Mr X has two shares of two companies in his portfolio- Co. A and B. He bought shares worth ten lakhs of A in May 2005. The FMV of these shares as of 31st January 2018 was 30 lakhs. He sold all the shares of A for 50 lakhs in June 2019.

He bought shares of B worth 20 lakhs in November 2016 and sold them for 40 lakhs in November 2019. The FMV of the shares as of 31st January 2018 is 25 lakhs. Find the long-term capital gains of the entire portfolio.

Mr X’s portfolio Sales consideration Cost FMV as on 31/1/18 Value I Value II (cost of acquisition) Capital gains (Sale-cost of acquisition)
Co. A 50,00,000 10,00,000 30,00,000 30,00,000 COA= 30,00,000 20,00,000
Co. B 40,00,000 20,00,000 25,00,000 25,00,000 COA= 25,00,000 15,00,000
Total 90,00,000 30,00,000 55,00,000 55,00,000 COA= 55,00,000 35,00,000

Moreover, for any shares bought and sold after 31/1/2018, the capital gains= sales consideration – the cost of acquisition, with no indexation benefits.

Long-term capital gains tax on shares

Section 112 talks about tax on long-term capital gains on listed shares and equity-oriented funds purchased on or after 1/4/2018. The long-term capital gain tax on shares is 20% if STT (securities transfer tax) is not applicable. One levies securities transfer tax during the purchase or sale of securities.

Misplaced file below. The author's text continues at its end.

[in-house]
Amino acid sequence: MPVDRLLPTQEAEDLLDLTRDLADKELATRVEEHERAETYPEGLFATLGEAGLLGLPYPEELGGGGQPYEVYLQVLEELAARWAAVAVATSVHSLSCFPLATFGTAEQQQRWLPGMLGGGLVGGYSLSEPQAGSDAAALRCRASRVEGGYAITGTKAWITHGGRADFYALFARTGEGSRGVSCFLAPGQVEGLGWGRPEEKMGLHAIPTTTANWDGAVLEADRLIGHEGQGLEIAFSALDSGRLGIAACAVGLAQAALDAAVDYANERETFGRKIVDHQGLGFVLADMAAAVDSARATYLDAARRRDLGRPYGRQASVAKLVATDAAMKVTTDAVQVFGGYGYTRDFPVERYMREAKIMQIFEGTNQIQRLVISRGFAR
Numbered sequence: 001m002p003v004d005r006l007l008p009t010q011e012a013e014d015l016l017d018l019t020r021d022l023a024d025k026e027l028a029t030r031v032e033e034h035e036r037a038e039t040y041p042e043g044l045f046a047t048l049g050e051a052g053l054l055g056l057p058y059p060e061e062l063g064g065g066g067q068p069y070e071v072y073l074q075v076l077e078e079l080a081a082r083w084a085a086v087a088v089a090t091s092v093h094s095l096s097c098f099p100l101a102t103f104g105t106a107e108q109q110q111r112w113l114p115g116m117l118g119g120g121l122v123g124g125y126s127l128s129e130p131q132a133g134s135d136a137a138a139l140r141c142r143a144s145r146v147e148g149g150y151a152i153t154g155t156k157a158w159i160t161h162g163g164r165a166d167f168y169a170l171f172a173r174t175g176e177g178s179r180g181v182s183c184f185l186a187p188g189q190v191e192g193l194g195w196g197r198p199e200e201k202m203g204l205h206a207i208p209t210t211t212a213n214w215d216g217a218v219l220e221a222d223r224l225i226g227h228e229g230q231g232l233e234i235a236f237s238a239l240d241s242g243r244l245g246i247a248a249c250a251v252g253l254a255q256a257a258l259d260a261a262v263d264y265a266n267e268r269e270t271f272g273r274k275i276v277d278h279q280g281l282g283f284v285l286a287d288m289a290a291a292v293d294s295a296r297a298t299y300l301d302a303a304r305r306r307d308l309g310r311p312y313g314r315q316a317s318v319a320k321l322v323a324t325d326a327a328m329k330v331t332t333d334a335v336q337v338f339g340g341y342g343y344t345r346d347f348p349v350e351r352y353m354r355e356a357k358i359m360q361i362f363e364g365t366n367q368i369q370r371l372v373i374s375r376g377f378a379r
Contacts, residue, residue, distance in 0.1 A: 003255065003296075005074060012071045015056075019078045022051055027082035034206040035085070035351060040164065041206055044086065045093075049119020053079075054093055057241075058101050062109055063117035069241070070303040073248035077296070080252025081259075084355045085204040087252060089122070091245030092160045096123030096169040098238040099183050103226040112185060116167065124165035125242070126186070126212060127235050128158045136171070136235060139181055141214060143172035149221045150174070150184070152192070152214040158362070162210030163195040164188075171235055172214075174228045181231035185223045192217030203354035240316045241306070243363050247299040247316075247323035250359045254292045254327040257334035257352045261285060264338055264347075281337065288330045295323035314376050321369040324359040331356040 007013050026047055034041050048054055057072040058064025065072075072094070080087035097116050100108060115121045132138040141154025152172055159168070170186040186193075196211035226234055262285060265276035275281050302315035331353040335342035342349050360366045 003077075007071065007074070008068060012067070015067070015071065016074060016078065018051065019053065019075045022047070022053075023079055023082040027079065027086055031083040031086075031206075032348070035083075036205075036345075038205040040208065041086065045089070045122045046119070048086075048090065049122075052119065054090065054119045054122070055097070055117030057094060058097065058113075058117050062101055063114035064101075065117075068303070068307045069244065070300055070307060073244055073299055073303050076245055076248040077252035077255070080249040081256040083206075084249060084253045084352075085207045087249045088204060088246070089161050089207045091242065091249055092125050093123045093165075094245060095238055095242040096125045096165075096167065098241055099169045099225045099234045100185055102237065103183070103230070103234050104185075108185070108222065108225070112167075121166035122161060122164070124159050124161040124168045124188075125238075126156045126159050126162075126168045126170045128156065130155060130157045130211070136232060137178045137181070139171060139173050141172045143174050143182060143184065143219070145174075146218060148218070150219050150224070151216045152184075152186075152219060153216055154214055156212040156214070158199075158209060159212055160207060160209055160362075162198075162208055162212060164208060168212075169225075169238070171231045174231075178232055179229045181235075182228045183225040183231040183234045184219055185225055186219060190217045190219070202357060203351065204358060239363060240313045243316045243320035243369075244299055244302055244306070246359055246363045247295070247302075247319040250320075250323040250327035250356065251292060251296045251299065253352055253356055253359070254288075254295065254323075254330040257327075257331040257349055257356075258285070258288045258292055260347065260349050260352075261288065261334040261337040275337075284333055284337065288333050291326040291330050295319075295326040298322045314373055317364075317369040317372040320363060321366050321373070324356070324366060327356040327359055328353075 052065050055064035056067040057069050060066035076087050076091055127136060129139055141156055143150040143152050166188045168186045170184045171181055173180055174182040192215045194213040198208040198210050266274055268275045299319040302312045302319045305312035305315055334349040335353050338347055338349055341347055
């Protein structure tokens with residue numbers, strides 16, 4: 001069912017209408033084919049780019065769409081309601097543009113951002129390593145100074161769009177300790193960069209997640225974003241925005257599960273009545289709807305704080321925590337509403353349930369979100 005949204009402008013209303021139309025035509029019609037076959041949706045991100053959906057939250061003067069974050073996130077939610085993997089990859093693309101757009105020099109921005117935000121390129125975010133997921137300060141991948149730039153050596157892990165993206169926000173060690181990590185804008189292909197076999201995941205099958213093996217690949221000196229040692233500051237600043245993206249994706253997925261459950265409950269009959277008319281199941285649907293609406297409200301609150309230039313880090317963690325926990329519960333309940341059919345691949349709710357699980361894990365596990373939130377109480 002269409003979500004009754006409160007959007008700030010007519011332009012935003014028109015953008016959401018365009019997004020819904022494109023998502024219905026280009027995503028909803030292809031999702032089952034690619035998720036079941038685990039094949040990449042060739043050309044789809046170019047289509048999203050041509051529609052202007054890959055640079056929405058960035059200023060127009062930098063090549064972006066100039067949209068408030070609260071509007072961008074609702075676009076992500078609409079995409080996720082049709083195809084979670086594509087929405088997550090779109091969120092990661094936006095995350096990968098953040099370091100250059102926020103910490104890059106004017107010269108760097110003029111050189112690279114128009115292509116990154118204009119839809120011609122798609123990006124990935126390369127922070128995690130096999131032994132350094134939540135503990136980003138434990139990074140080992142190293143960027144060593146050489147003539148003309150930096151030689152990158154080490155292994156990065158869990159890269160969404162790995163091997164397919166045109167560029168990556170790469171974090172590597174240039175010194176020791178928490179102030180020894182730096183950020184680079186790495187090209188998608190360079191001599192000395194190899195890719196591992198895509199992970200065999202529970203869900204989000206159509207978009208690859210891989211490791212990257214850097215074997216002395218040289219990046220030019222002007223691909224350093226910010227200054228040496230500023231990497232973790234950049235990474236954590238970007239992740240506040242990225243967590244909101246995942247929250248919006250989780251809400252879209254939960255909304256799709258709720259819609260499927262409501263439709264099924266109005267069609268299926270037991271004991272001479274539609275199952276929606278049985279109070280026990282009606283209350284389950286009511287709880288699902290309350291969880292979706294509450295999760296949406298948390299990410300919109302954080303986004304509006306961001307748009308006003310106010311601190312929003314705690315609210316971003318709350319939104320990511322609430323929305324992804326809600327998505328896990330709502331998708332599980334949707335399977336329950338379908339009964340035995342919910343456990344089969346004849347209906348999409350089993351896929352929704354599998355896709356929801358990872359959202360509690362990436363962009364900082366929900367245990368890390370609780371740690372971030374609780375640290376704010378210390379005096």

Importantly, one cannot avail of indexation benefits under section 112A.

Further, section 112A is applicable when one fulfils the following conditions:

  • Firstly, long-term capital gains on listed shares or equity-oriented funds or units of business trust.
  • Secondly, if one pays STT at the time of transfer of shares.
  • Thirdly, if one pays STT on the sale of shares.

Hence, if STT is applicable, the long-term capital gains tax on shares is 10% if the gains are more than one lakh. Therefore, one lakh is the threshold limit, and long-term capital gains up to one lakh are not taxable. Therefore, 10% tax + surcharge + 4% education and health cess is applicable.

For instance, the long-term capital gains for Mr Roy are two lakhs. He had paid STT. Hence, under section 112A he is liable to pay 10% tax on one lakh (2,00,000 – 1,00,000), which is ₹10,000. Hence, after one lakh exemption, the net amount is ₹1,00,000 on which 10% tax is applicable.

Long-Term Capital Gains Tax on Shares

Examples of long-term capital gains tax on shares

For example, the total income of Mr X is five lakhs and the long-term capital gains amount to four lakhs. Firstly, we deduct long-term capital gains from total income as they are taxed separately.  Hence, the balance income is one lakh. As per the income tax act, there is an exemption of up to ₹2,50,000 on the total income. Hence, after the exemption, there is a shortfall of ₹1,50,000. The shortfall reduces the long-term capital gains to ₹2,50,000. Lastly, on this amount 10% tax + surcharge + 4% cess is applicable.

Total Income 5,00,000
(-) Long-term capital gains -4,00,000
Balance 1,00,000
Exemption -2,50,000
Net Taxable Income -1,50,000


Long-term capital gains 4,00,000
Shortfall -1,50,000
Net long-term capital gains 2,50,000


10% tax (10%*2,50,000) 25,000
(+) Cess (4%*25,000) 1000
Long-term capital gains tax on shares 26,000